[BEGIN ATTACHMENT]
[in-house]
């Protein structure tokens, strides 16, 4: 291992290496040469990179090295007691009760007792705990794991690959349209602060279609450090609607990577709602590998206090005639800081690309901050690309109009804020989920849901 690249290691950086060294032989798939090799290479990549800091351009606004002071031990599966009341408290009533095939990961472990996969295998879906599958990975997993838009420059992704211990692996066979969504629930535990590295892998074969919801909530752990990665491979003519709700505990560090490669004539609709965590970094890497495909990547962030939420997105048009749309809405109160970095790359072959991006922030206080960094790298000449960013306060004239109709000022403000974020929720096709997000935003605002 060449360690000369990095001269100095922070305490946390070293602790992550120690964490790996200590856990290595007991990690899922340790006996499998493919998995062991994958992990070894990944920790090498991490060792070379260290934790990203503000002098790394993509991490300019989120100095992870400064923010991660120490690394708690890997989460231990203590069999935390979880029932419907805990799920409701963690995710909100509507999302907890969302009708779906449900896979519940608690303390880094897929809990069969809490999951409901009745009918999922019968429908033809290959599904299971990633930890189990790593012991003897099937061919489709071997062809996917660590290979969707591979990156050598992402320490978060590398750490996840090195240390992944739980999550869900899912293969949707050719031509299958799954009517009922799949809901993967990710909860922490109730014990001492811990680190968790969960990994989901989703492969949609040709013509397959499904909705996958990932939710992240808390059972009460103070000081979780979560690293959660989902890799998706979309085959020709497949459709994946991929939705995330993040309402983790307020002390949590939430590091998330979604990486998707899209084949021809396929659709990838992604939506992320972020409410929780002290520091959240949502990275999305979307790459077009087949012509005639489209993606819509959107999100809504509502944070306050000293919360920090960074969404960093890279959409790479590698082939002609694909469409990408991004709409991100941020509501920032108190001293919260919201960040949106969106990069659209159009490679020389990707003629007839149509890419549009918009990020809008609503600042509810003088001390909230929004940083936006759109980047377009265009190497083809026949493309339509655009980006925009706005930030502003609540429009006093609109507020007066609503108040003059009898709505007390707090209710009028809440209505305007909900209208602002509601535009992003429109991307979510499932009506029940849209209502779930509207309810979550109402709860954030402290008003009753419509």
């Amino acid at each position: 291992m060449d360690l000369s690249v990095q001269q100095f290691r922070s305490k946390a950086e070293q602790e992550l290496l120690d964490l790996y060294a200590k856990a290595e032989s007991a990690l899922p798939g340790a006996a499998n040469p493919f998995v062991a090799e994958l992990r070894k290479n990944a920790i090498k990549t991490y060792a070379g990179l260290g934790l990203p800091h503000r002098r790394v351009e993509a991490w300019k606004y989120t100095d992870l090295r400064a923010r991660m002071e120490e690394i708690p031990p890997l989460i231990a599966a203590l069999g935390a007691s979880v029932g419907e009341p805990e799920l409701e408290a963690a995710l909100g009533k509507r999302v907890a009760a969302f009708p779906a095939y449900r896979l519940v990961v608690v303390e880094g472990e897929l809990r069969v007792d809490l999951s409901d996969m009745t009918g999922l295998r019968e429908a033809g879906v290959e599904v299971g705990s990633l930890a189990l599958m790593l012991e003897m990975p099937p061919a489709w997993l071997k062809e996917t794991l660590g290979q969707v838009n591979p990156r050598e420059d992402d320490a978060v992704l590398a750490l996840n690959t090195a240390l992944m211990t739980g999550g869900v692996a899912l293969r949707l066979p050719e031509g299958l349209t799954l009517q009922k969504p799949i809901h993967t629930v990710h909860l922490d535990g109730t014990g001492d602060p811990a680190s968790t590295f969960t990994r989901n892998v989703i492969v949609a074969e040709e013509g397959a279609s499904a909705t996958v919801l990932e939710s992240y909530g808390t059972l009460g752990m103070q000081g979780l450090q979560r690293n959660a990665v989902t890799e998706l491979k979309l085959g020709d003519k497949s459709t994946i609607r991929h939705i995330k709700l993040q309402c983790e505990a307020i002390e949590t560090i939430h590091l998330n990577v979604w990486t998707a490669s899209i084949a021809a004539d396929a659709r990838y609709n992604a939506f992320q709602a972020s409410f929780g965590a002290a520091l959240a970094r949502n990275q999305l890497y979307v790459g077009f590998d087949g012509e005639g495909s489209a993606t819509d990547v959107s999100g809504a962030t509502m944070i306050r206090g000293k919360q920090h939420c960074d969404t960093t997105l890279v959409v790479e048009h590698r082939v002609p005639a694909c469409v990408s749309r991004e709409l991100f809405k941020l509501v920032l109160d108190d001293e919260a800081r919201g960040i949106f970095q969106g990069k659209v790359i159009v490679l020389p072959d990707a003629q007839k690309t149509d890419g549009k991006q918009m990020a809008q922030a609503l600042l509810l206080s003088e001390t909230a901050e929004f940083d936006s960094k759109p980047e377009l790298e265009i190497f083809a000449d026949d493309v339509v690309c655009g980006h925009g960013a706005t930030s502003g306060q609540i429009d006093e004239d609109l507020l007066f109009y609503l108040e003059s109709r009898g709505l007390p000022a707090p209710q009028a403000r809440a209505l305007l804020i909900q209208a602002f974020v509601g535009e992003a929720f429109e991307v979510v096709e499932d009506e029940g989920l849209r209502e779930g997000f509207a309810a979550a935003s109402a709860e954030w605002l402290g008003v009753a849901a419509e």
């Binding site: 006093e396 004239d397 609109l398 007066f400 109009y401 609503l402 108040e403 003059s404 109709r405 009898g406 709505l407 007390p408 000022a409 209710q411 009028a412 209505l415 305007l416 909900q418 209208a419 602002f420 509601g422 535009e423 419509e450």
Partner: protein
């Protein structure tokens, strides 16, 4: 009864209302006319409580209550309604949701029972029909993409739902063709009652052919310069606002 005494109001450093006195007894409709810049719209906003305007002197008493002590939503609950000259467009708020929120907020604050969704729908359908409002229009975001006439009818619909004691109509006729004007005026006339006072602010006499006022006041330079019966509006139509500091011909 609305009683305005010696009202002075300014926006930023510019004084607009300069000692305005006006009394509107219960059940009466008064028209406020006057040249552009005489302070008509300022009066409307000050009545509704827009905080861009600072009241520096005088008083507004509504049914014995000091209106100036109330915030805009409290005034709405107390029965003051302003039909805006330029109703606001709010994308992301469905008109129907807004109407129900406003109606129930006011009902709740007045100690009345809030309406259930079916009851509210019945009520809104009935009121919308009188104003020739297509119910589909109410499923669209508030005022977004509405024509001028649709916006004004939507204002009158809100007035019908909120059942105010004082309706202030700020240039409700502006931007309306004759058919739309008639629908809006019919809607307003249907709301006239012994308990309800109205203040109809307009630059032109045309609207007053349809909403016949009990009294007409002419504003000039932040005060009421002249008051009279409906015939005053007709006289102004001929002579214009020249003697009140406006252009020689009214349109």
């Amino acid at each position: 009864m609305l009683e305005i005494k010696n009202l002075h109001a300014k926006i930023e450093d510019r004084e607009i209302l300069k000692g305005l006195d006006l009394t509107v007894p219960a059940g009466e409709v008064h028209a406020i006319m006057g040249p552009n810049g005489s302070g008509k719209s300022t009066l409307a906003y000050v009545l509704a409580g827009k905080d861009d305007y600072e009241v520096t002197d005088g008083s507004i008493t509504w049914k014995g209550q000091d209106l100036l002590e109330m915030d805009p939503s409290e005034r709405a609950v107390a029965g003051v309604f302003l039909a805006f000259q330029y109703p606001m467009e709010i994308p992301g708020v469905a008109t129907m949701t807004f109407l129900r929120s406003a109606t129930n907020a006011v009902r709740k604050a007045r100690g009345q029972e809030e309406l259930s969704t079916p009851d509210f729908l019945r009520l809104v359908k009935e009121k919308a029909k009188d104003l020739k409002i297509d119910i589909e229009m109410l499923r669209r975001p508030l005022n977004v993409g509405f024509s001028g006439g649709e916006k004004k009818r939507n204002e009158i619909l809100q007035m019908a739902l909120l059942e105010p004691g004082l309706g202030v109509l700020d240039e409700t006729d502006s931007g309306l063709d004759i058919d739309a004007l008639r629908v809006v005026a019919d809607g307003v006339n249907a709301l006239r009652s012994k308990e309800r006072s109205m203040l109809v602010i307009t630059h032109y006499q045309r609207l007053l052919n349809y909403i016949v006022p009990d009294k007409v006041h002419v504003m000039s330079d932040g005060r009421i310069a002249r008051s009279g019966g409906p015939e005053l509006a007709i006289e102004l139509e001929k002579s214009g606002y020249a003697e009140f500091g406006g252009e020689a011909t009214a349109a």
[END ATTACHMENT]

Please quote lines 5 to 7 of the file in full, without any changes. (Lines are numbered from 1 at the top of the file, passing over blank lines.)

Partner: protein
């Protein structure tokens, strides 16, 4: 009864209302006319409580209550309604949701029972029909993409739902063709009652052919310069606002 005494109001450093006195007894409709810049719209906003305007002197008493002590939503609950000259467009708020929120907020604050969704729908359908409002229009975001006439009818619909004691109509006729004007005026006339006072602010006499006022006041330079019966509006139509500091011909 609305009683305005010696009202002075300014926006930023510019004084607009300069000692305005006006009394509107219960059940009466008064028209406020006057040249552009005489302070008509300022009066409307000050009545509704827009905080861009600072009241520096005088008083507004509504049914014995000091209106100036109330915030805009409290005034709405107390029965003051302003039909805006330029109703606001709010994308992301469905008109129907807004109407129900406003109606129930006011009902709740007045100690009345809030309406259930079916009851509210019945009520809104009935009121919308009188104003020739297509119910589909109410499923669209508030005022977004509405024509001028649709916006004004939507204002009158809100007035019908909120059942105010004082309706202030700020240039409700502006931007309306004759058919739309008639629908809006019919809607307003249907709301006239012994308990309800109205203040109809307009630059032109045309609207007053349809909403016949009990009294007409002419504003000039932040005060009421002249008051009279409906015939005053007709006289102004001929002579214009020249003697009140406006252009020689009214349109």
């Amino acid at each position: 009864m609305l009683e305005i005494k010696n009202l002075h109001a300014k926006i930023e450093d510019r004084e607009i209302l300069k000692g305005l006195d006006l009394t509107v007894p219960a059940g009466e409709v008064h028209a406020i006319m006057g040249p552009n810049g005489s302070g008509k719209s300022t009066l409307a906003y000050v009545l509704a409580g827009k905080d861009d305007y600072e009241v520096t002197d005088g008083s507004i008493t509504w049914k014995g209550q000091d209106l100036l002590e109330m915030d805009p939503s409290e005034r709405a609950v107390a029965g003051v309604f302003l039909a805006f000259q330029y109703p606001m467009e709010i994308p992301g708020v469905a008109t129907m949701t807004f109407l129900r929120s406003a109606t129930n907020a006011v009902r709740k604050a007045r100690g009345q029972e809030e309406l259930s969704t079916p009851d509210f729908l019945r009520l809104v359908k009935e009121k919308a029909k009188d104003l020739k409002i297509d119910i589909e229009m109410l499923r669209r975001p508030l005022n977004v993409g509405f024509s001028g006439g649709e916006k004004k009818r939507n204002e009158i619909l809100q007035m019908a739902l909120l059942e105010p004691g004082l309706g202030v109509l700020d240039e409700t006729d502006s931007g309306l063709d004759i058919d739309a004007l008639r629908v809006v005026a019919d809607g307003v006339n249907a709301l006239r009652s012994k308990e309800r006072s109205m203040l109809v602010i307009t630059h032109y006499q045309r609207l007053l052919n349809y909403i016949v006022p009990d009294k007409v006041h002419v504003m000039s330079d932040g005060r009421i310069a002249r008051s009279g019966g409906p015939e005053l509006a007709i006289e102004l139509e001929k002579s214009g606002y020249a003697e009140f500091g406006g252009e020689a011909t009214a349109a």